News flash: the House of Representatives is not great at passing laws

  1. News flash: the House of Representatives is not great at passing laws
  2. Congressional cliques: Community detection in bill cosponsorships
  3. Even fewer bills get through the Senate than the House
  4. Congressional cosponsorship community detection: Which Senators actually work together?

By: Patrick W. Zimmerman

How good is your legislator at, you know, legislating?

Chances are……..they are not great.  If your impression is that Congress is unmatched at making speeches and producing symbolic bills that never actually pass, then you’ve pretty much got it right.  Of the 12,237 bills introduced by the 113th, 114th, and 115th Houses of Representatives (through Monday 8/20), only 1,508 of them even passed the lower chamber of Congress, 329 of which became law.

Know of too many other areas where a 2.9% success rate fetches $174,000/annum?

On the other hand, this might actually be a good thing and is partially by design; the whole point of a bicameral legislature and of executive and judicial checks on legislation is to moderate the flow of potential laws (specifically regarding taxes) coming out of the House.  I mean, who knows what crazy ideas representatives elected directly by the people might come up with?  {Insert obligatory reminder that Senators were not directly elected until 1913 and that the President still isn’t.}

The question

Who has been most effective at getting bills through the House of Reepresentatives, and then enacted as laws, over the last three Congresses (~5.5 years)?

The short-short version

No one has been what I’d call effective, but some representatives do significantly better than their peers.  Unsurprisingly during three Republican-controlled Houses, the Republicans have overall done significantly better, averaging 4.9% of their cosponsored bills passing to 2.8% for the Democrats (the difference between those numbers and the overall average is that there is not a 1:1 matchup between bills and sponsors). 

On the Republican side, Speaker-wannabe Kevin McCarthy (CA-23), picks his battles, only cosponsoring a mere 33 bills since 2013 but picking winners that passed the (Republican-controlled) House 72.7% of the time and became laws 24.2% of the time (in spite of either a Democratic President, Senate, or both during 4 of those 5.5 years).  Next-most efficient is Xavier Becerra (D, CA-34, now the Attorney General of California and leading the state’s lawsuit attack on President Trump), whose 142 cosponsored bills became law 10.6% of the time.

Efficiency at getting bills through the House

Mouseover for details.

The difference here is about what you would expect for a Republican-dominated chamber.  On bills that Democrats succeed at getting through the House, they almost always need at least some Republican help, which thus boosts those Republicans’ numbers.

After applying a Mann-Whitney U test, the results were significant at p < 0.00001 (U=942, z-score 17.1458, two-tailed).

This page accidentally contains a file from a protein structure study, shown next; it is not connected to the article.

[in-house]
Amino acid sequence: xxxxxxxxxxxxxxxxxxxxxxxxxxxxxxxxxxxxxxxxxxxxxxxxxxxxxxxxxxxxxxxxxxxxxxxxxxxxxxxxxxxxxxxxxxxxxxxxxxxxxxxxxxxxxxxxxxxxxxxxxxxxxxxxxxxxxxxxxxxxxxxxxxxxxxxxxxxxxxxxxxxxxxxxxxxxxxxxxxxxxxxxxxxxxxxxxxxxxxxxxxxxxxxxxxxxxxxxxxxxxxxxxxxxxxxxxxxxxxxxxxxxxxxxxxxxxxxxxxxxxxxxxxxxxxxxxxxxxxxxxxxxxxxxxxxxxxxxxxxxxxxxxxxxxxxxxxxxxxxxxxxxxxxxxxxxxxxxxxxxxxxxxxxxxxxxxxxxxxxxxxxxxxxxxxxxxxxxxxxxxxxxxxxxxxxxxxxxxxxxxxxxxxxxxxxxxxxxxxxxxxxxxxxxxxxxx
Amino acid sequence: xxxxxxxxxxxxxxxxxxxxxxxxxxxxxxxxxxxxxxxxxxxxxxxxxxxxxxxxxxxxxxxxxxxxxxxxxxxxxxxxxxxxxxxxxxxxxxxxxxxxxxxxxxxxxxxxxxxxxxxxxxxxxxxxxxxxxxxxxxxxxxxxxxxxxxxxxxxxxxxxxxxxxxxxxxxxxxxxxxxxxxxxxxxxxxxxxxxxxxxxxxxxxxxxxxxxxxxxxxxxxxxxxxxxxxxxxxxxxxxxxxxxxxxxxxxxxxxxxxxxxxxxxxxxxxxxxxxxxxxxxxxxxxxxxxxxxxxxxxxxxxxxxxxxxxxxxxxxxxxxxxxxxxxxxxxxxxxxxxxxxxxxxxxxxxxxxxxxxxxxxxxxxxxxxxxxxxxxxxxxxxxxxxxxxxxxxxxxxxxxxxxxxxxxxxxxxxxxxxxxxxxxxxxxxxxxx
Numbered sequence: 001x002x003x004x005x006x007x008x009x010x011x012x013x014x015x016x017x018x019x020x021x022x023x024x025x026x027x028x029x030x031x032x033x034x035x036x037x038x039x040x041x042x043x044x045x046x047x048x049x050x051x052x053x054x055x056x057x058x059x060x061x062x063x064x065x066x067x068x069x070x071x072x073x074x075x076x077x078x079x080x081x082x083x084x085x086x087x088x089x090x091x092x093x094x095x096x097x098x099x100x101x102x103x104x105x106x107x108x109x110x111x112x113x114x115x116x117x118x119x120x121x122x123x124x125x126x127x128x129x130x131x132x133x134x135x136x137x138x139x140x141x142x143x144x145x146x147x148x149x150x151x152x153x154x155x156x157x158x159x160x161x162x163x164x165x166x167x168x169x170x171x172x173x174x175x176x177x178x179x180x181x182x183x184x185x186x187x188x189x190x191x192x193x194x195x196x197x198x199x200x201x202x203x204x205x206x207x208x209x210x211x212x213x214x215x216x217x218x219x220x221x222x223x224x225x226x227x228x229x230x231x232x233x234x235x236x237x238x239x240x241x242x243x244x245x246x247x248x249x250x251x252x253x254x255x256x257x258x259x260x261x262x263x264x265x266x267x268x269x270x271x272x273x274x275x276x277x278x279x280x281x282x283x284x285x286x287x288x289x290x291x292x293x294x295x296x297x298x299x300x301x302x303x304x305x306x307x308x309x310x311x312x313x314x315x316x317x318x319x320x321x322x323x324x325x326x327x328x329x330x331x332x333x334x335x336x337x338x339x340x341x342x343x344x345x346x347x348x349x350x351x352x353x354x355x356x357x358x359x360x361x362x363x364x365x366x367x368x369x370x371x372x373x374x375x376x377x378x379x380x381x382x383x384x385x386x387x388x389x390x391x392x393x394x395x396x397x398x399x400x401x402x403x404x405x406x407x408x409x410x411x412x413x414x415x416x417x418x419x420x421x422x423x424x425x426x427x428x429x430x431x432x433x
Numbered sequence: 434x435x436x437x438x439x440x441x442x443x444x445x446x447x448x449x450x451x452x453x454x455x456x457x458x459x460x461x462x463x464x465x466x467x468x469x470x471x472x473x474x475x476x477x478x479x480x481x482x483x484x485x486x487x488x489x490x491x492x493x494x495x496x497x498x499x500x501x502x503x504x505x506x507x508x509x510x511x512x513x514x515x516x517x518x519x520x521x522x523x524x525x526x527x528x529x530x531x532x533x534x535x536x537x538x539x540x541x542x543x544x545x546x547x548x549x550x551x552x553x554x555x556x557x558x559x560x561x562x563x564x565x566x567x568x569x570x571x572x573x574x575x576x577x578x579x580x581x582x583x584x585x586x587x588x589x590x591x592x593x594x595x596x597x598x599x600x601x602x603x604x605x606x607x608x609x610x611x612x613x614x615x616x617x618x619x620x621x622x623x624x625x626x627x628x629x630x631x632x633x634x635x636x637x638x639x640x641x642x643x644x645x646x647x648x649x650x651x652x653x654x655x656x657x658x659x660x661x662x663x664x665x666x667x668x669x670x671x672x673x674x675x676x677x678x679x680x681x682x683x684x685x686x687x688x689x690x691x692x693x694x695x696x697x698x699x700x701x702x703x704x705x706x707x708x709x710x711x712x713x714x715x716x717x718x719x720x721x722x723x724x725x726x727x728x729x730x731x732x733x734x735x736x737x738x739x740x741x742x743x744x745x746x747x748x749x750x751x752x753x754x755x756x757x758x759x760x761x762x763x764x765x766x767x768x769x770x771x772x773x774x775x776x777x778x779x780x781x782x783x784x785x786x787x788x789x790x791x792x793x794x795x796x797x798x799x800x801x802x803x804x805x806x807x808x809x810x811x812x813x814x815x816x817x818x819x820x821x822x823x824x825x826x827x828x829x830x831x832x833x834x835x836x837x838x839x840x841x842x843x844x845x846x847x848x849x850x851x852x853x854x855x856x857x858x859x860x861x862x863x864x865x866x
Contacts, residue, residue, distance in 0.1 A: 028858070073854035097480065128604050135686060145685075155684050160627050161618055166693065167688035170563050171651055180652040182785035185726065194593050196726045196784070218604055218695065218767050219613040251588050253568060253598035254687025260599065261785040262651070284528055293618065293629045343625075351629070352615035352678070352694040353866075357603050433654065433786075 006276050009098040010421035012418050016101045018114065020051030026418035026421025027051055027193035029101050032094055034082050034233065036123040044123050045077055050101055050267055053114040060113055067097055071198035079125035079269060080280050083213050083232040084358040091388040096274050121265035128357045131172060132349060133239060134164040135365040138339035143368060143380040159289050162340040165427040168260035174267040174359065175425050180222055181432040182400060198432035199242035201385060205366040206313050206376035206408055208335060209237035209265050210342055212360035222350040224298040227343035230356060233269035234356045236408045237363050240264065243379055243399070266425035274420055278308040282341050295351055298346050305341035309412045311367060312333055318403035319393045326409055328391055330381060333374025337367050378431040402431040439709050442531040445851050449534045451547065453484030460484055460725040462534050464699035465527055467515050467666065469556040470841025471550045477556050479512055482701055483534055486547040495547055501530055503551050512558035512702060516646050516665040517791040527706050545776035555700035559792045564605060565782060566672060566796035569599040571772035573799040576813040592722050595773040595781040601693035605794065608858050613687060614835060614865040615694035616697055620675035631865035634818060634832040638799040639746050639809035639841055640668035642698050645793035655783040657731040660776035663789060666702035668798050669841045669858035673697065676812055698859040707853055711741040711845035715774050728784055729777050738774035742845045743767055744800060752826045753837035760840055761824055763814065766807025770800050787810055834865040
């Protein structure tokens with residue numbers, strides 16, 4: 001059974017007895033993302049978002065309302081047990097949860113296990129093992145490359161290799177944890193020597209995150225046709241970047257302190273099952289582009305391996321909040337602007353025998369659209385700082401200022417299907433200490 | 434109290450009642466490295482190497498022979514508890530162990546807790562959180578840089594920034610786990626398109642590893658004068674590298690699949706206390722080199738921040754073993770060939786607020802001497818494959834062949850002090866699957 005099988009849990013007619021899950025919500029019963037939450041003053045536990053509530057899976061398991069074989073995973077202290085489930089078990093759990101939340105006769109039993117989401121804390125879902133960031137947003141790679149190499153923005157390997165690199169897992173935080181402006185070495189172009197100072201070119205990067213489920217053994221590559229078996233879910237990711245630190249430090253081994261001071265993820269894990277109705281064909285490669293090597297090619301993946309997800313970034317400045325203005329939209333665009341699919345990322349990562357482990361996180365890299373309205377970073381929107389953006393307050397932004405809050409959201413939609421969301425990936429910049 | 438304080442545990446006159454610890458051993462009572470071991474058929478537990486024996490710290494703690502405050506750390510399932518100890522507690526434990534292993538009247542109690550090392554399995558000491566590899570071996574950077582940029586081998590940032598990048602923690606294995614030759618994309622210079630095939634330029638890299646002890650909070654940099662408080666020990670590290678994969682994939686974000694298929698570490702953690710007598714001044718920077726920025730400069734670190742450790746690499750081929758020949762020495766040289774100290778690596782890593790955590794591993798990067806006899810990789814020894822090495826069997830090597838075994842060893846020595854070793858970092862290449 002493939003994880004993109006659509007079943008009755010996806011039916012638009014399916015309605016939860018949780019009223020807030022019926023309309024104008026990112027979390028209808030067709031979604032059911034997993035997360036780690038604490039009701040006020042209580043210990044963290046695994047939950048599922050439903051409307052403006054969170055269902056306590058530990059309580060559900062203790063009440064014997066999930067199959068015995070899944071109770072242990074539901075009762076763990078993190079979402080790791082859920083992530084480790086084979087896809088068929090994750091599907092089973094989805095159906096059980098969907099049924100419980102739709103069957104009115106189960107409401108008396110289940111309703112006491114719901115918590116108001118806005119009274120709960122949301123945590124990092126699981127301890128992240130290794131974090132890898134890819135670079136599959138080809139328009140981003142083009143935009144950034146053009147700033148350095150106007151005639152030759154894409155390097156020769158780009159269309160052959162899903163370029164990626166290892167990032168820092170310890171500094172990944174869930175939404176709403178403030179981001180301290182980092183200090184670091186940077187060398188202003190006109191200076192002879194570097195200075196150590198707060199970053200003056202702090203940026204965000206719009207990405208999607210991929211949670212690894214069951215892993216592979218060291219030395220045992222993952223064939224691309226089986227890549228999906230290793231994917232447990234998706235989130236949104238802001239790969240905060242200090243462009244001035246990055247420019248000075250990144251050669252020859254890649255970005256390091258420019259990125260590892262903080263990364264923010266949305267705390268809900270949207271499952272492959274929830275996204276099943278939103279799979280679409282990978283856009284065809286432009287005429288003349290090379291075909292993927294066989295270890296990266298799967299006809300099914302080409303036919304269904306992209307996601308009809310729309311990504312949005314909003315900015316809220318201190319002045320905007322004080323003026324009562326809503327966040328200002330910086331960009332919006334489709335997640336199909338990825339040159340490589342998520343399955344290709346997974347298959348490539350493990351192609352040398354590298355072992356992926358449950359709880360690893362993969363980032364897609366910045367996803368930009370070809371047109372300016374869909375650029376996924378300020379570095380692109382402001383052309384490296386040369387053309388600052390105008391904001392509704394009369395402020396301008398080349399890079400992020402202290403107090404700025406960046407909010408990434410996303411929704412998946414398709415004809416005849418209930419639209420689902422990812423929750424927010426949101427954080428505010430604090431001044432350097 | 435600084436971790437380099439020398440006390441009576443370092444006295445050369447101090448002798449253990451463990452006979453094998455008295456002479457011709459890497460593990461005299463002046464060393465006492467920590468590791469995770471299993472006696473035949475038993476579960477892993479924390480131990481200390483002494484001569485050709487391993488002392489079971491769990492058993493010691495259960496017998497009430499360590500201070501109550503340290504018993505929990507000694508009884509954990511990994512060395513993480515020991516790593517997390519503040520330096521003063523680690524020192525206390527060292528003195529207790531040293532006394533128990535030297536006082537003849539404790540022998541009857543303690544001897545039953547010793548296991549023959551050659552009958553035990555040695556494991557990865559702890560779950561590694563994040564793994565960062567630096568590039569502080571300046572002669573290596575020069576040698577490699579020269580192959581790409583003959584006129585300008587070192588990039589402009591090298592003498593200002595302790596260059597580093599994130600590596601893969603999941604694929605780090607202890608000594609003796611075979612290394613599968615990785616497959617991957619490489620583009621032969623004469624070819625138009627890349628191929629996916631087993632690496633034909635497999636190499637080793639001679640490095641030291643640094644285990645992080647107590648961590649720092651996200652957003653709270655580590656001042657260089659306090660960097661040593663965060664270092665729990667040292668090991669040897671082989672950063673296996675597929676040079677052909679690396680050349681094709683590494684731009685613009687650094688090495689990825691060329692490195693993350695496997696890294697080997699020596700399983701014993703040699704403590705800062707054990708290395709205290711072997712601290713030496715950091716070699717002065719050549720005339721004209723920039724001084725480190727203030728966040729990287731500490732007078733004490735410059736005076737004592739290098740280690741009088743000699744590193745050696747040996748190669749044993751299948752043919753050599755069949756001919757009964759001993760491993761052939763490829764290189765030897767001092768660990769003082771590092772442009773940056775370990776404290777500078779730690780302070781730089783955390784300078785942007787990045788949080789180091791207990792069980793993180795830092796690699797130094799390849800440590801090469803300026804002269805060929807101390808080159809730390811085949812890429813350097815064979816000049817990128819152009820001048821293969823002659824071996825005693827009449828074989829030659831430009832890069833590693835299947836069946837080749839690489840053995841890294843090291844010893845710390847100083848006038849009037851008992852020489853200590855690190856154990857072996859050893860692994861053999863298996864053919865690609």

Efficiency at getting bills enacted as laws

Mouseover for details.

Similarly to getting bills through the House of Representatives, the Republicans have a significant edge here.  However, the overall numbers are much lower, befitting a task that not only needs to pass two houses of Congress but also survive a (potential) presidential veto. 

After applying a Mann-Whitney U test, the results were significant at p < 0.00001 (U=6097, z-score 13.15876, two-tailed).

What bills has each rep cosponsored?

Want to know what certain representatives have been doing?  Search or pick a name from the drop-down list.

Mouseover for details.

Methodological minutiae

First, as with all of our legislative projects, a big shout out goes to ProPublica’s Congress API, which I used to pull all the data on legislation and individual representatives.  I first pulled a list of all 450 members of the 115th Congress (some seats have changed hands, and there are 6 non-voting members that can still sponsor and propose legislation), then chopped up the resulting json with a bash script and jq to create a simple text list of legislator IDs.  I then used that list to pull all legislation sponsored or cosponsored by each legislator, going back to the 113th Congress (which is as far back as the API’s bills endpoint goes), which got chopped up by another bash script using jq to produce a nice big .csv file.

Since over 700,000 rows is a wee bit too big to use in Excel, I imported it into a MySQL database to merge the member and legislation data and calculate all the percentage score, then re-exported it to a .csv that Tableau can use to make dashboards (above).

What’s next

Are there clear communities within legislators?  If I ran some social network analysis on this dataset, defining each legislator as a node and each cosponsorship as an edge, what communities would pop up?  Are there cliques within parties (like, say, the Freedom Caucus), or do parties generally sponsor bills as one big happy family?  The Problem Solvers Caucus drinks beer and eats tacos together, but do they write legislation across party lines, as well?

I have no idea.  But I’m going to find out.

About The Author

Architeuthis Rex, a man of (little) wealth and (questionable) taste. Historian and anthropologist interested in identity, regionalism / nationalism, mass culture, and the social and political contexts in which they exist. Earned Ph.D. in social and cultural History with a concentration in anthropology from Carnegie Mellon University and then (mostly) fled academia to write things that more than 10 other people will actually read. Driven to pursue a doctorate to try and answer the question, "Why do they all hate each other?" — still working on it. Plays beer-league hockey, softball, and soccer. Professional toddler wrangler. Likes dogs, good booze, food, and horribly awesome kung-fu movies.

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